I was excited about the car ride until we arrived at the animal shelter. It smelled of dogs and cats, of fear, of hopelessness. You filled out the paperwork and said “I know you will find a good home for her.” They shrugged and gave you a pained look. They understand the realities facing a middle-aged dog, even one with “papers.” You had to pry your son’s fingers loose from my collar as he screamed “No, Daddy! Please don’t let them take my dog!” And I worried for him, and what lessons you had just taught him about friendship and loyalty, about love and responsibility, and about respect for all life. You gave me a goodbye pat on the head, avoided my eyes, and politely refused to take my collar and leash with you. You had a deadline to meet and now I have one, too.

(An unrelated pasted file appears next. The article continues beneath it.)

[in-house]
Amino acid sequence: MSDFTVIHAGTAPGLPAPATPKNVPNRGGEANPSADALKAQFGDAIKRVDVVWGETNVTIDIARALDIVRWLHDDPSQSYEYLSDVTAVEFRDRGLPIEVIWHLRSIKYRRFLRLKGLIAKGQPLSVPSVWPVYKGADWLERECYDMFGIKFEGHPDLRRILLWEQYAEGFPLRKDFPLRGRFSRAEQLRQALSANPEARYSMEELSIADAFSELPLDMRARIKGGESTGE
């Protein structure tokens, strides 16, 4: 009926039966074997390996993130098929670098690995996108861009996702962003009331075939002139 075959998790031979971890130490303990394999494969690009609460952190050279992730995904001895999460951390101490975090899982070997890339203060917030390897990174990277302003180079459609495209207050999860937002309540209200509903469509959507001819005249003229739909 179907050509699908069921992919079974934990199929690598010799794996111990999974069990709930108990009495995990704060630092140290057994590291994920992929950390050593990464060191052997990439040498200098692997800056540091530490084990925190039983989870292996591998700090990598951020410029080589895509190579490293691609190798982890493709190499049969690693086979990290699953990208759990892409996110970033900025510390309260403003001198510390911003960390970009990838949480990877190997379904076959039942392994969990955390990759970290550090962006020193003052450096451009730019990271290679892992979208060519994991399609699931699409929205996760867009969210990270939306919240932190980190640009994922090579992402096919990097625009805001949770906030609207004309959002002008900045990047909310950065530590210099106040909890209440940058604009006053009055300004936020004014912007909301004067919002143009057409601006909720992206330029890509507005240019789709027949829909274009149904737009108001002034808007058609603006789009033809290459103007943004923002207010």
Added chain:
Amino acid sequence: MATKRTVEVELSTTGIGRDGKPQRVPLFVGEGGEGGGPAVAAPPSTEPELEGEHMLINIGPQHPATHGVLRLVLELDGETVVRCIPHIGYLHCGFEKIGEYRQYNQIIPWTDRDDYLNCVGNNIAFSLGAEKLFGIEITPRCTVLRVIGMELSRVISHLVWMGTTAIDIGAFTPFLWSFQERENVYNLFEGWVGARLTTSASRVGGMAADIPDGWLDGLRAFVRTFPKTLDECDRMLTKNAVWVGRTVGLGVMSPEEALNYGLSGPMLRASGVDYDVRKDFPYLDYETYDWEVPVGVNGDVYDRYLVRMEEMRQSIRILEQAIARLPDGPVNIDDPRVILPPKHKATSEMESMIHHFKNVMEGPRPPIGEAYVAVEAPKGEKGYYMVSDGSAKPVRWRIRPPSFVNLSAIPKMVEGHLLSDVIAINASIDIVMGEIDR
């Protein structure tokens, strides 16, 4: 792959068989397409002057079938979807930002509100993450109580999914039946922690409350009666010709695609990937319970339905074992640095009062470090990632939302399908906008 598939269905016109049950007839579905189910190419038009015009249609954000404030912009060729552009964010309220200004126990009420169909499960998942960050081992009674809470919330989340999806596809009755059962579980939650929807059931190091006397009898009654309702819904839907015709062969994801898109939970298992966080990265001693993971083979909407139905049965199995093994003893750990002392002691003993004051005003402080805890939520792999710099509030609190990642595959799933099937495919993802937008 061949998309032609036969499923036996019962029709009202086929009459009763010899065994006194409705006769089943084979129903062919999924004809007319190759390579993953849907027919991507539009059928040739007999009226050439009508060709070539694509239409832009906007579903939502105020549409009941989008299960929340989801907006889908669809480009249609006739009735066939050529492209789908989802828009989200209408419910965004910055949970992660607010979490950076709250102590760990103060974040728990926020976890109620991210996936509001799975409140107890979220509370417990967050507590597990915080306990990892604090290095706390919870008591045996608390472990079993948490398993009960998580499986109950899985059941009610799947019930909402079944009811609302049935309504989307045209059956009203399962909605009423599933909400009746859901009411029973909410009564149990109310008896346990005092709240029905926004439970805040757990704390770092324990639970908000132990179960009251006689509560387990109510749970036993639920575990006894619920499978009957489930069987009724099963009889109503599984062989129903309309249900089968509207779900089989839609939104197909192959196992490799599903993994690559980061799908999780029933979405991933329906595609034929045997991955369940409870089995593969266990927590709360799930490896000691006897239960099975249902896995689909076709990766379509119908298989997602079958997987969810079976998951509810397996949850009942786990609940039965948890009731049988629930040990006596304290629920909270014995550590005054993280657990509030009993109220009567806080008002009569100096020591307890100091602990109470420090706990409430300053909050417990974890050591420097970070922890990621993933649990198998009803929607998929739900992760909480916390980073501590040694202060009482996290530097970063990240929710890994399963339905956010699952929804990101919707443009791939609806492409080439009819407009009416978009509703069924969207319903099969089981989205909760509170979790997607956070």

After you left, the two nice ladies said you probably knew about your upcoming move months ago and made no attempt to find me another good home.
They shook their heads and asked “How could you?”

They are as attentive to us here in the shelter as their busy schedules allow. They feed us, of course, but I lost my appetite days ago. At first, whenever anyone passed my pen, I rushed to the front, hoping it was you – that you had changed your mind – that this was all a bad dream…or I hoped it would at least be someone who cared, anyone who might save me. When I realized I could not compete with the frolicking for attention of happy puppies, oblivious to their own fate, I retreated to a far corner and waited.

I heard her footsteps as she came for me at the end of the day, and I padded along the aisle after her to a separate room. A blissfully quiet room. She placed me on the table and rubbed my ears, and told me not to worry. My heart pounded in anticipation of what was to come, but there was also a sense of relief. The prisoner of love had run out of days. As is my nature, I was more concerned about her. The burden which she bears weighs heavily on her, and I know that, the same way I knew your every mood.